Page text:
Full-text · Article · Jan 2010 · Turkiye Klinikleri Pediatri
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    Suat Biçer · Ahmet Oğuzhan Özen · Ayça Vitrinel
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    ABSTRACT: Objective: The aim of this study is to compare the various paediatric weight estimation formulae and to devise a simple age-based method for estimating weight that is more accurate than the other formulae. Material and Methods: This cross sectional study was performed on healthy school children between ages of 3-18 years. By linear regression analysis we developed a new formula that estimates body weight using age of the subjects. Besides assessing the predictive role of this formula we investigated accuracy of six different formulae commonly used for this purpose and compared their efficacies for various age intervals. The difference between measured weight and that derived using formulae was calculated and expressed as a percentage of the estimated weight rather than a kilogram value. Results: We studied on 2319 children. Regression analysis revealed the formula [weight=4x age(yrs)-3] to predict body weight using age of subjects for the entire age groups. The formula weight=2(age+4) underestimated children's weights by a mean of 22.8% in all ages. The formula weight=3(age)+6 proved the most accurate with a mean underestimate of just 3.08% between 3-6 ages and new formula proved the most accurate with a mean incorrect prediction of just 3.94% between 7-18 ages. Conclusion: The use of two formulas may be more accurate overall given the change in gradient of the age-weight curve at approximately 6-7 years of age. We recommend the formula weight (kg)=3(age)+6 for 3-6 years and the new formula [weight (kg)=4(age)-3] for 7-18 years.
    Full-text · Article · Jan 2010 · Turkiye Klinikleri Pediatri
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    ABSTRACT: Ultrasound bone measurement in healthy Turkish children and adolescents was evaluated. Relationships between pubertal status, anthropometry, physical activity, dietary intake of calcium and several parameters with bone mineral density (BMD) were analyzed. 36 prepubertal and 37 pubertal children participated in the study. Calculation of calcium intake was based on consumption of dairy products. 19.6% of children had a BMD z score below -2 and 40.9% had a BMD z score below -1. Only 28.8% of children had a dairy calcium intake above the recommended daily allowance (RDA). Children participating in sport activities more than 3 hours per week had better z score values. No relation was found between BMD and having a history of fracture, obesity and intake of gaseous drinks. There was no relation between calcium intake or BMD. We found that bone stiffness in children is determined by pubertal status and physical activity rather than by calcium intake.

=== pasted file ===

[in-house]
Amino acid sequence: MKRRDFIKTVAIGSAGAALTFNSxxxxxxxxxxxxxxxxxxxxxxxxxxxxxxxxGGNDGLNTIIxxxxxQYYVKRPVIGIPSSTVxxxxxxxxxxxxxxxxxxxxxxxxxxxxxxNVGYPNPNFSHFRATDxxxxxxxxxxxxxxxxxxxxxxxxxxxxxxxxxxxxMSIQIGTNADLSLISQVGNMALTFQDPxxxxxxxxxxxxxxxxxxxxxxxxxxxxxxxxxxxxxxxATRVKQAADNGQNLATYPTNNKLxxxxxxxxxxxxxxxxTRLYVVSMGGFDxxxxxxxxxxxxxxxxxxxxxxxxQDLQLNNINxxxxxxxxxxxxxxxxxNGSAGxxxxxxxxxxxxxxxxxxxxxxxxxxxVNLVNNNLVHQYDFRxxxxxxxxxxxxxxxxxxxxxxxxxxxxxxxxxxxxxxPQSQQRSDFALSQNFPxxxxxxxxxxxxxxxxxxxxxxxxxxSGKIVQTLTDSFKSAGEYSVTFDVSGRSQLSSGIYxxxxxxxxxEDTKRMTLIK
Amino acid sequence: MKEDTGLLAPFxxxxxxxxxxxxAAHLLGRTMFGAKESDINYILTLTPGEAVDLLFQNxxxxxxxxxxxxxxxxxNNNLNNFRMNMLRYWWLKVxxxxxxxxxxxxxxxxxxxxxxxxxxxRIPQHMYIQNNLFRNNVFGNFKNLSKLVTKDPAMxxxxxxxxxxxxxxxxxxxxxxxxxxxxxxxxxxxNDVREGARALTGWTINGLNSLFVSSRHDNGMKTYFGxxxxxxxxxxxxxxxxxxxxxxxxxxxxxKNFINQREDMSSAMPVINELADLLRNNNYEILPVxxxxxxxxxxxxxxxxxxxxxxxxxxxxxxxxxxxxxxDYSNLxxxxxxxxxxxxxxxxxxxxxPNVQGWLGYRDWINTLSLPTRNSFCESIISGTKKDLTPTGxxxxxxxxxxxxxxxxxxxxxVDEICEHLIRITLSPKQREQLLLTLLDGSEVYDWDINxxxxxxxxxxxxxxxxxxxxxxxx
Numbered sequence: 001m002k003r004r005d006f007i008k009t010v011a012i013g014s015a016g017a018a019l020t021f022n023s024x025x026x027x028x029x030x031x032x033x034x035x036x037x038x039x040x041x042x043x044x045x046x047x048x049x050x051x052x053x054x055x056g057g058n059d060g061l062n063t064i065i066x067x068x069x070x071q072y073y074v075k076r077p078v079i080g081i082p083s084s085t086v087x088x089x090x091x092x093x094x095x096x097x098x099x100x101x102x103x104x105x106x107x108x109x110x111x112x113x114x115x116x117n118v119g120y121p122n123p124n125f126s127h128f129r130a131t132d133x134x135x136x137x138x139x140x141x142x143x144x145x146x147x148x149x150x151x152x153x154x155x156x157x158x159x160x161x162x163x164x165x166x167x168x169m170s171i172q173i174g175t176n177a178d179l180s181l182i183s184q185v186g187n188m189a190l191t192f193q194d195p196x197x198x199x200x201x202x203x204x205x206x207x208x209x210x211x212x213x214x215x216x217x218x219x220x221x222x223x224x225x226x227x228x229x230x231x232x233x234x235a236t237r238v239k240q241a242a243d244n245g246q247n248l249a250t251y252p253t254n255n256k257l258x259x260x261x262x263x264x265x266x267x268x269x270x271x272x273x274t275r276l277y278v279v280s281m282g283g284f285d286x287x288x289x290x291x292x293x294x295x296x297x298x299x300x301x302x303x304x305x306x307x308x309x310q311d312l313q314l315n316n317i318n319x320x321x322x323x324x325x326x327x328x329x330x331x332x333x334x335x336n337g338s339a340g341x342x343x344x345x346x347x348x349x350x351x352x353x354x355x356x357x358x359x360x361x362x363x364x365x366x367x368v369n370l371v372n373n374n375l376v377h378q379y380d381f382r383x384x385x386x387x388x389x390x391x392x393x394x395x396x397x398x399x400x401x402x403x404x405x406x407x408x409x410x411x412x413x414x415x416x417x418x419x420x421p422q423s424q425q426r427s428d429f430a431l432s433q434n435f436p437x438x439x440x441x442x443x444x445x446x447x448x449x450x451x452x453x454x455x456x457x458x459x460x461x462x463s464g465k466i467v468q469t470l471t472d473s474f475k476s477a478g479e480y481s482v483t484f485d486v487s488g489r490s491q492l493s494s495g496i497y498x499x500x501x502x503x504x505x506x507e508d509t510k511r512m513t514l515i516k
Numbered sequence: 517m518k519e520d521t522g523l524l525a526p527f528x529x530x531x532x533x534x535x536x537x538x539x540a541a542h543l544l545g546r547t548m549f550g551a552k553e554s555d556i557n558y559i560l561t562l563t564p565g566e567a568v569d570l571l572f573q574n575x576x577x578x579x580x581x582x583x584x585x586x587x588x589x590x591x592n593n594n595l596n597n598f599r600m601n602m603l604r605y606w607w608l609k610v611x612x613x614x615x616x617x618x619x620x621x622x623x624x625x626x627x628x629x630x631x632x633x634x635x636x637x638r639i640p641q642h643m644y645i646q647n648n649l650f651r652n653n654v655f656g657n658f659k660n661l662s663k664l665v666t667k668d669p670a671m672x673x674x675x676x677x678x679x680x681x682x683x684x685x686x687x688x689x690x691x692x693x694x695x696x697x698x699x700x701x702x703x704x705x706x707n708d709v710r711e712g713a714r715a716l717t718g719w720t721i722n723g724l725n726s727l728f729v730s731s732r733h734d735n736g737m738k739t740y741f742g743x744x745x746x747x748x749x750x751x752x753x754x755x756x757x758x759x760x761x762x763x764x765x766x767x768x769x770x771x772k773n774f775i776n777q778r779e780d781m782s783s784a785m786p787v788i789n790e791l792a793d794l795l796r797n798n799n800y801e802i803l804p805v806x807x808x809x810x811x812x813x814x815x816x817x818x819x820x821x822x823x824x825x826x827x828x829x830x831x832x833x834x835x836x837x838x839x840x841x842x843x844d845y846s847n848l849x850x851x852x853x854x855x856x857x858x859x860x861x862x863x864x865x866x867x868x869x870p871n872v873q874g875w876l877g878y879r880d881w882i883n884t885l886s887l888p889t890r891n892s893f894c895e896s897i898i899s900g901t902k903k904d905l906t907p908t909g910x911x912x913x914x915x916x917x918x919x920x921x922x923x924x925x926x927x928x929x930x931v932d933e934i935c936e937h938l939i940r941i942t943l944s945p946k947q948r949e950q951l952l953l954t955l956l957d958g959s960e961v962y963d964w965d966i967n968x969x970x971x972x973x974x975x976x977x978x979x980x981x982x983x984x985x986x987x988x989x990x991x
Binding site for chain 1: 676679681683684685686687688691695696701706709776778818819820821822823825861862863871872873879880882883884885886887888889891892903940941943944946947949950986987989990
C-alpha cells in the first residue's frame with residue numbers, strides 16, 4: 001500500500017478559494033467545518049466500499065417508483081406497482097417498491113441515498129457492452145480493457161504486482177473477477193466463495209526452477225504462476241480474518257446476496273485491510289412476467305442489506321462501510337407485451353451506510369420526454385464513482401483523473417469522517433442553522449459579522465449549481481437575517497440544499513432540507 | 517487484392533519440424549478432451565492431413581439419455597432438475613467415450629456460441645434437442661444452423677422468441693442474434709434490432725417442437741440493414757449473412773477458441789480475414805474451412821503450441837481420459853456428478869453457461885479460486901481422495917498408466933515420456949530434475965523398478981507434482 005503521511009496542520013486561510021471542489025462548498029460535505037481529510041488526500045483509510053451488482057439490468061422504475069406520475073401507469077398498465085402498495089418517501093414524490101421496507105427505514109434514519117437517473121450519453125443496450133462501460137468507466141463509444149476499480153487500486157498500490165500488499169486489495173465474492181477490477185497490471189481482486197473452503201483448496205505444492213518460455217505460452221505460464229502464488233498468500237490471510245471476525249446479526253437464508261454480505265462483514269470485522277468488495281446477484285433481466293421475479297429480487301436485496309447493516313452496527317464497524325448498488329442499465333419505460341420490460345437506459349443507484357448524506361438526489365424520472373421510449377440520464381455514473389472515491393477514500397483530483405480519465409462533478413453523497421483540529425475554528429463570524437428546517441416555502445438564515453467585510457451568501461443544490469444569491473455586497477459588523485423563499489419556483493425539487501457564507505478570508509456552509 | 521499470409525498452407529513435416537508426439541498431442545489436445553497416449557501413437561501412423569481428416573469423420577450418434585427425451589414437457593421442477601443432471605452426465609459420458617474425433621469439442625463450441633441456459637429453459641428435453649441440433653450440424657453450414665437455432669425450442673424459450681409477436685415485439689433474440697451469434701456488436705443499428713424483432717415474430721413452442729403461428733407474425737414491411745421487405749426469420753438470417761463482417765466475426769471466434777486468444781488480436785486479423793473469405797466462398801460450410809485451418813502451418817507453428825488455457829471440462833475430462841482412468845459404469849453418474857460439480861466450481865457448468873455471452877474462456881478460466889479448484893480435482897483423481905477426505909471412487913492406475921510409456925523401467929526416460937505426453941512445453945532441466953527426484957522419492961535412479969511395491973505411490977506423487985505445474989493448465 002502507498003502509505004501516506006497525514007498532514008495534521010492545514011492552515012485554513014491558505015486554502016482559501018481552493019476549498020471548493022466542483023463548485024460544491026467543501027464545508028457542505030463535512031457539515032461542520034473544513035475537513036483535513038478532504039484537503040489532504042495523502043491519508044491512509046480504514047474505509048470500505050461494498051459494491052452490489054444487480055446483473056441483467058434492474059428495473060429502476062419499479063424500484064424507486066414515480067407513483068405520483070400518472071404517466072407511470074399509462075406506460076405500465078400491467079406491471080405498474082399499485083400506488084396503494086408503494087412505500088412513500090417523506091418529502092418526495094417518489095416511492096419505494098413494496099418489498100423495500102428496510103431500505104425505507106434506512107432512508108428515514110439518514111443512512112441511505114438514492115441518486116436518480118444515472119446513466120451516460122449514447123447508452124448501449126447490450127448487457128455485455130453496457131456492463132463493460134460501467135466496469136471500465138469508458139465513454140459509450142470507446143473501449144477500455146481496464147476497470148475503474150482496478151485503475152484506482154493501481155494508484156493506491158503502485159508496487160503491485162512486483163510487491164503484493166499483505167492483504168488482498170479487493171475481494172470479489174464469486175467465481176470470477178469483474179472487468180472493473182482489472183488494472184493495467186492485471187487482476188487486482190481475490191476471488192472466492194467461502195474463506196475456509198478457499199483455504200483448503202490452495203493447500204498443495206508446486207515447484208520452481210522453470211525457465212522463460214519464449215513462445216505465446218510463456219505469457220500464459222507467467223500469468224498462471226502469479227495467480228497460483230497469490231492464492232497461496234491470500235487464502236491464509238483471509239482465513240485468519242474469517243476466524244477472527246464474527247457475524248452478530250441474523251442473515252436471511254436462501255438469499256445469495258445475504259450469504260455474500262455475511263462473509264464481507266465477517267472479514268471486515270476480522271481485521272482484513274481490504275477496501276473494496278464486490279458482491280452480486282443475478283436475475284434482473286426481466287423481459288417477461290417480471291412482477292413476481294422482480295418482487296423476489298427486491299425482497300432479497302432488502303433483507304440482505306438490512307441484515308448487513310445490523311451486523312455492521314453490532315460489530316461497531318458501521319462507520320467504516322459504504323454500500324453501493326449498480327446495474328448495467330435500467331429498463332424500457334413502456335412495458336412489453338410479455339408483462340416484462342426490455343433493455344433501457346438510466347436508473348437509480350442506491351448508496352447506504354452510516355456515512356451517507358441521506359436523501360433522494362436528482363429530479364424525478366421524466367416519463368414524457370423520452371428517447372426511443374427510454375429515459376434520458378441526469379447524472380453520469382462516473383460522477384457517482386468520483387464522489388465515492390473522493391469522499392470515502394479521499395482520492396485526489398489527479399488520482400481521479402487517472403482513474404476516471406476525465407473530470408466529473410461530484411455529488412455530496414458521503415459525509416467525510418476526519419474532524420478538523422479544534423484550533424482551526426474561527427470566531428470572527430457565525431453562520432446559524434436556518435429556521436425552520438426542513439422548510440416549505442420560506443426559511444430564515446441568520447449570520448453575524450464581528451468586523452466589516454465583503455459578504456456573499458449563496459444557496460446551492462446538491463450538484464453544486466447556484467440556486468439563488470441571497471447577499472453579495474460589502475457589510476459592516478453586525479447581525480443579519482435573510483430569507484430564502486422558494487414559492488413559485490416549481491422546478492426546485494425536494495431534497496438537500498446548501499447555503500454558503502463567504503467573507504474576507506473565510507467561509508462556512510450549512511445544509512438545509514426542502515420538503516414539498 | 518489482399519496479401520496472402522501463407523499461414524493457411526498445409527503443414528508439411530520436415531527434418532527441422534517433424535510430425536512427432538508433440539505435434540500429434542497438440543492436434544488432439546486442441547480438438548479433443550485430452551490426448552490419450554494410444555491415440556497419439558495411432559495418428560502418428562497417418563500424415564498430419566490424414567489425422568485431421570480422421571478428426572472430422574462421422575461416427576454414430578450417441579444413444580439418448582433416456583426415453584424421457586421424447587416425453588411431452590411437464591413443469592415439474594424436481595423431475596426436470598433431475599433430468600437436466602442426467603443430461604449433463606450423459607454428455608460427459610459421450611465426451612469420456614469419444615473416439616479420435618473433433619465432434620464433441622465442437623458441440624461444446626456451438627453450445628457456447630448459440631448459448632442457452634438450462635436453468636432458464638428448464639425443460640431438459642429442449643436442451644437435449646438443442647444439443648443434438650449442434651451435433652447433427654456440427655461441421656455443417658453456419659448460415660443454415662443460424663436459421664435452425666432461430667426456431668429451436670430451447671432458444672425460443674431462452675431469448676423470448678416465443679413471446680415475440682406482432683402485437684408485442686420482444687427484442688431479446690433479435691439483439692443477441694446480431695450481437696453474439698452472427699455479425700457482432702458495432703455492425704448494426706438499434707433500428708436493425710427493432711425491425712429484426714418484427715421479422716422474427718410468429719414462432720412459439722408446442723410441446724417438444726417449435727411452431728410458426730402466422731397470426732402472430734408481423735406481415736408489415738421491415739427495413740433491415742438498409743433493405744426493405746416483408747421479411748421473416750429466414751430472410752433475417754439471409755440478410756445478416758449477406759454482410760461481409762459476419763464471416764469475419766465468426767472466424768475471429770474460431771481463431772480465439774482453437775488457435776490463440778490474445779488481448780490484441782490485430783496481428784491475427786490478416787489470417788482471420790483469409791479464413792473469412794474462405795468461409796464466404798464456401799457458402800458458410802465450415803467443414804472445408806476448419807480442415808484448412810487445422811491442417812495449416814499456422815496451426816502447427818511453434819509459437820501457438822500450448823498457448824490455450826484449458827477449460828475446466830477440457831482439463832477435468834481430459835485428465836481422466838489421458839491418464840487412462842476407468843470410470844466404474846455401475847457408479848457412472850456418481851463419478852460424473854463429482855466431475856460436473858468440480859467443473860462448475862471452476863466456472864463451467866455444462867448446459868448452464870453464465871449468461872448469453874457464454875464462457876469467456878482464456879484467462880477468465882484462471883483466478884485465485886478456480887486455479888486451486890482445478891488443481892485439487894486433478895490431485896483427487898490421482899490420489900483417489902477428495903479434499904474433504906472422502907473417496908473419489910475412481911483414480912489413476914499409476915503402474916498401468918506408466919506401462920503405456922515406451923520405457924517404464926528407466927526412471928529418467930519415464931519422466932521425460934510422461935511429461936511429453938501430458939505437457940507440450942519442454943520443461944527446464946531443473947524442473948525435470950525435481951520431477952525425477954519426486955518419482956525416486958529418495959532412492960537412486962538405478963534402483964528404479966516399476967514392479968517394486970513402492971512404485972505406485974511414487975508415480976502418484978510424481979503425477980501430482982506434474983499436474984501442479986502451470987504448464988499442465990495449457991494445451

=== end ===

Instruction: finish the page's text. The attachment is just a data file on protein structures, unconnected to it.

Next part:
No preview · Article · Oct 2007 · Cocuk Sagligi ve Hastaliklari Dergisi
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    ABSTRACT: Turkey). Ultrasound bone density measurements of prepubertal and pubertal children and factors determining bone mineral density. Çocuk Sağlığı ve Hastalıkları Dergisi 2007; 49: 231-235. Ultrasound bone measurement in healthy Turkish children and adolescents was evaluated. Relationships between pubertal status, anthropometry, physical activity, dietary intake of calcium and several parameters with bone mineral density (BMD) were analyzed. 36 prepubertal and 37 pubertal children participated in the study. Calculation of calcium intake was based on consumption of dairy products. 19.6% of children had a BMD z score below -2 and 40.9% had a BMD z score below -1. Only 28.8% of children had a dairy calcium intake above the recommended daily allowance (RDA). Children participating in sport activities more than 3 hours per week had better z score values. No relation was found between BMD and having a history of fracture, obesity and intake of gaseous drinks. There was no relation between calcium intake or BMD. We found that bone stiffness in children is determined by pubertal status and physical activity rather than by calcium intake.